The noun form of this word (귀가) translates to “returning from home.”

Notes: Seoul has a service that, when late at night, women can request that a bus stops not only at designated bus stops but other places along the route to make sure that they can get home safely. This is called 여성귀가안심.

Common Usages:
귀갓길 = on one’s way back home

Examples:
모두들 수업 끝나고 바로 집으로 귀가하길 바랍니다.
= Please, when we finish class, everybody go home

밤 늦은 시간 귀갓길에 사고를 당하지 않도록 꼭 밝은 길로 다니세요
= When walking home late at night, to ensure that there is no accident, make sure you walk on a brightly lit road

갚다 = to pay back

Idiom:
말 한마디로 천 냥 빚도 갚는다 = The idea that words can be powerful and solve a lot of problems

Common Usages:
빚을 갚다 = to pay back a debt
대출금을 갚다 = to pay back a loan

Examples:
드디어 친구에게 2년 전에 빌린 돈을 모두 갚았어요
= I finally paid back the money I borrowed from a friend two years ago

집 대출금을 다 갚기 위해서는 앞으로 10년 동안 일만 해야 돼요
= In order to pay back the loan for the house, for the next year I pretty much need to only work

분실하다  = to lose an object

The noun form of this word (분실) translates to “losing an object.”

Common Usages:
분실물 = a lost item
분실 신고 = reporting something that was lost
분실물 보관소 = lost and found

Examples:
오늘 반장이 우리 반 급식비를 모아둔 봉투를 분실해서 난리가 났어요
= Today was a total mess as the class leader lost the envelope that had school-food-money that we had all gathered

지하철에서 지갑을 분실할 경우 타고 있는 칸의 번호를 꼭 기억해 주세요
= If you ever lose something on the subway, make sure you remember the car/train that you were riding

신고하다 = to report to the police, government, some body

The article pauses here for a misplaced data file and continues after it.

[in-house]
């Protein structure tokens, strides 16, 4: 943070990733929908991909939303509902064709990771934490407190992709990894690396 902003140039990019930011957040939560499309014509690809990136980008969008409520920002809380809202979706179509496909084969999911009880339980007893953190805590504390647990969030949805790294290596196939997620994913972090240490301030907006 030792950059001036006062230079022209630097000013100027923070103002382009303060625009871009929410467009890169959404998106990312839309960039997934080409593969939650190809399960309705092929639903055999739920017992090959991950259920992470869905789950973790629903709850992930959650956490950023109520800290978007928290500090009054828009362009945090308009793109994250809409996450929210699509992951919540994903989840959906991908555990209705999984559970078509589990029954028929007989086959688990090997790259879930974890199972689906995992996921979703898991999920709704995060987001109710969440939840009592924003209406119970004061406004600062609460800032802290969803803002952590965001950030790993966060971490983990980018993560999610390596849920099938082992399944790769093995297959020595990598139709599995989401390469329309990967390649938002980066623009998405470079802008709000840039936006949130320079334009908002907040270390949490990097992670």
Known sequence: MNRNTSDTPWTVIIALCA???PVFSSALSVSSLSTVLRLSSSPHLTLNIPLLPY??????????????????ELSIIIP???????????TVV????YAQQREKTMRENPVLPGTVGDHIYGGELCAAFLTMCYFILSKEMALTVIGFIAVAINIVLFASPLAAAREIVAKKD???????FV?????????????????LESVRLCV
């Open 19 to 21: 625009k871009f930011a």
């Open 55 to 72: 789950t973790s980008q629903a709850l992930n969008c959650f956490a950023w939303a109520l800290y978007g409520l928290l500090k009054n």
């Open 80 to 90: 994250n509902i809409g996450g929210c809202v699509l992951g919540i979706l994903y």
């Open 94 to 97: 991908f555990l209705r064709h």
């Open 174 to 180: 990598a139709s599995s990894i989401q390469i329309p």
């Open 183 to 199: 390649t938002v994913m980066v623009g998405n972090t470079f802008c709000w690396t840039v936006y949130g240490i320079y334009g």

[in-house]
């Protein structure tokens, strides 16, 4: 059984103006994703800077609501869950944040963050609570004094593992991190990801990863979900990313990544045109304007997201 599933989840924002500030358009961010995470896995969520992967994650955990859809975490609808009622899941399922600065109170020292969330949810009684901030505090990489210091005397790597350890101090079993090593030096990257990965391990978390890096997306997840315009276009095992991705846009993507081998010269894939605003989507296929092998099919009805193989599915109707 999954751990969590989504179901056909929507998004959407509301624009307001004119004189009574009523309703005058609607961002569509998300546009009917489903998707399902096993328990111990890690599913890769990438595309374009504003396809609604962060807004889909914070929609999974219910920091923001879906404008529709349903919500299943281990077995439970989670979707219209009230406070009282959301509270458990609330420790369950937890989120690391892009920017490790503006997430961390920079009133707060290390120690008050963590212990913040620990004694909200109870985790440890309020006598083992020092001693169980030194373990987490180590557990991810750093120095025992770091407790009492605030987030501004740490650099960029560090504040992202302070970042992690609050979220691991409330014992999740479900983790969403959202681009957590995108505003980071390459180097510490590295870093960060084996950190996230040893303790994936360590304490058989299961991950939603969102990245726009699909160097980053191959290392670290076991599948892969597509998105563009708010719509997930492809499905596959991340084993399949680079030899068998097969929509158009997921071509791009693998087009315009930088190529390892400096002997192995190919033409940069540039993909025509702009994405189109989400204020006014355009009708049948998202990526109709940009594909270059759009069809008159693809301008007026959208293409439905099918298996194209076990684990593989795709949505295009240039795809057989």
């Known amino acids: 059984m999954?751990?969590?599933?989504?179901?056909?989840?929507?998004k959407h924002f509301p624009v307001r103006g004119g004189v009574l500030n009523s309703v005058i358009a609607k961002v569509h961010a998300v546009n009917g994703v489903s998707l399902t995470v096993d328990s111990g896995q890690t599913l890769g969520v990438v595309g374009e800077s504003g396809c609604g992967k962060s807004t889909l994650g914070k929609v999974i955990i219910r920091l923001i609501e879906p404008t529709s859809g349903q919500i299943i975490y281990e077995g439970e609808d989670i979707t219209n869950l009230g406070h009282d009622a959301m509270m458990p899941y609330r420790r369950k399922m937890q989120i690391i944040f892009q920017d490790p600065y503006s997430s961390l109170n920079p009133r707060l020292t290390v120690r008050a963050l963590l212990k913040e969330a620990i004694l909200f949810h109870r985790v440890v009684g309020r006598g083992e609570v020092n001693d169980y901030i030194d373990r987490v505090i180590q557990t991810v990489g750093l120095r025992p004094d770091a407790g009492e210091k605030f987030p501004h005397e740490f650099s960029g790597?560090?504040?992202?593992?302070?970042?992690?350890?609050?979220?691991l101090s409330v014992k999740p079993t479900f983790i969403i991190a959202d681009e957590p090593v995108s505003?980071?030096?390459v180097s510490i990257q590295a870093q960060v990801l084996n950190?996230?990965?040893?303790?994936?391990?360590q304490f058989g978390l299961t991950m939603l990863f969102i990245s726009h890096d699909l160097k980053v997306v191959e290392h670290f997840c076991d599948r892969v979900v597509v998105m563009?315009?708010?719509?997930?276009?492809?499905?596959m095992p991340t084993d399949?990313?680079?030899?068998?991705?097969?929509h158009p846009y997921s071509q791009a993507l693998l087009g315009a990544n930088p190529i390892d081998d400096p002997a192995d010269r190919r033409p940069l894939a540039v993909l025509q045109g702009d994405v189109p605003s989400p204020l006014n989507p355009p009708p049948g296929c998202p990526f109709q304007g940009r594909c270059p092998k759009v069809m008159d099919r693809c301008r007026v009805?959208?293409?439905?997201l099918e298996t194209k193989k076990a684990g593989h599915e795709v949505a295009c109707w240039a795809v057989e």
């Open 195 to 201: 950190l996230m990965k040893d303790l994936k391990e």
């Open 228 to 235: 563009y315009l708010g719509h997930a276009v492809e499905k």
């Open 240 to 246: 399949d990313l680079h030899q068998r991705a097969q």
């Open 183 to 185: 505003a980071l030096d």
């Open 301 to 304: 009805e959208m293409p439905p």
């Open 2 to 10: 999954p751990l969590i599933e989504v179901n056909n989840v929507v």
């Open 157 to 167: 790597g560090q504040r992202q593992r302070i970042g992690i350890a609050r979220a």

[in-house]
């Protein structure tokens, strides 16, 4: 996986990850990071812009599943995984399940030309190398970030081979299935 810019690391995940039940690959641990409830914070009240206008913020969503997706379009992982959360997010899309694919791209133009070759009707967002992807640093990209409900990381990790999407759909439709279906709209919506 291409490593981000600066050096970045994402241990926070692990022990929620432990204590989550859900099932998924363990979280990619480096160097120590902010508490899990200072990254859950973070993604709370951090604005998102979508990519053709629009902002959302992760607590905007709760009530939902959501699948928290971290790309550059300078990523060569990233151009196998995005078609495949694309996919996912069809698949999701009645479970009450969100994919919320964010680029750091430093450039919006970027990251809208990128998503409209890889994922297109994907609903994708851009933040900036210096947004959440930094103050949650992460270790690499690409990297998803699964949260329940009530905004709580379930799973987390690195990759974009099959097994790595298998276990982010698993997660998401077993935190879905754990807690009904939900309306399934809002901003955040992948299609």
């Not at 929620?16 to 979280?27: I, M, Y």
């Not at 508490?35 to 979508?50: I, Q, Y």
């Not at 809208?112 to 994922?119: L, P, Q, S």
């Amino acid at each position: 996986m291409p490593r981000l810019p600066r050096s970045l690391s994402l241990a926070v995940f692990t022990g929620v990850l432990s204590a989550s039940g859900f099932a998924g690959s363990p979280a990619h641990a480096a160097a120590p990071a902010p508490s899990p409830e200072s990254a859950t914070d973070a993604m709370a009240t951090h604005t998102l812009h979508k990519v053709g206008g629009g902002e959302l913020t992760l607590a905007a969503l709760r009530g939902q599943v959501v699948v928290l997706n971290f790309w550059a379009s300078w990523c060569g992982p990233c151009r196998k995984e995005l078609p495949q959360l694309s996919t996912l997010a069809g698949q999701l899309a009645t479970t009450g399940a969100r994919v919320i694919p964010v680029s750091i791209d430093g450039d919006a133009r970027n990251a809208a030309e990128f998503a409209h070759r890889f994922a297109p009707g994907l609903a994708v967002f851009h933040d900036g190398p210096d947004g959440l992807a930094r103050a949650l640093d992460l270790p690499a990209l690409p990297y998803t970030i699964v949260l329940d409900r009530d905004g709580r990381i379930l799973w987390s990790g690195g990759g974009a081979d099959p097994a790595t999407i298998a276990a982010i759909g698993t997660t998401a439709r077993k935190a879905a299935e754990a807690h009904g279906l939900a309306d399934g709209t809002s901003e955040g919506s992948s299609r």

The noun form of this word (신고) translates to “reporting.”

Notes: One of the funniest text-messages I have ever sent in Korean included the word “신고” and I still remember it to this day. My wife sent me a message to tell me she had finally finished filing her taxes. At this time, we were about to get married, and she only had a few days of work left before she quit. Also, I call her a “bear” because she is cute like a bear. When she sent me the message telling me she finished her taxes, she simply said “세금신고 완료!” (tax reporting – finished!). I hilariously responded with:
세금신고 완료, 근무 완료, 미혼 완료, 베어 상태 유지
It is hard to translate this directly into English, but it would be something like:
Tax reporting – finished, Work – finished, Being single – finished, Being a bear – still ongoing

Common Usages:
혼인신고 = marriage application
분실 신고 = reporting something that was lost
전역 신고 = reporting that one leaves the army
세금 신고 = reporting taxes
경찰 신고 = reporting to the police
불법 신고 = reporting something illegal

Examples:
누군가가 자꾸 저희 집안을 들여다봐서 경찰에 신고했어요
= Somebody keeps looking into our house, so I reported it to the police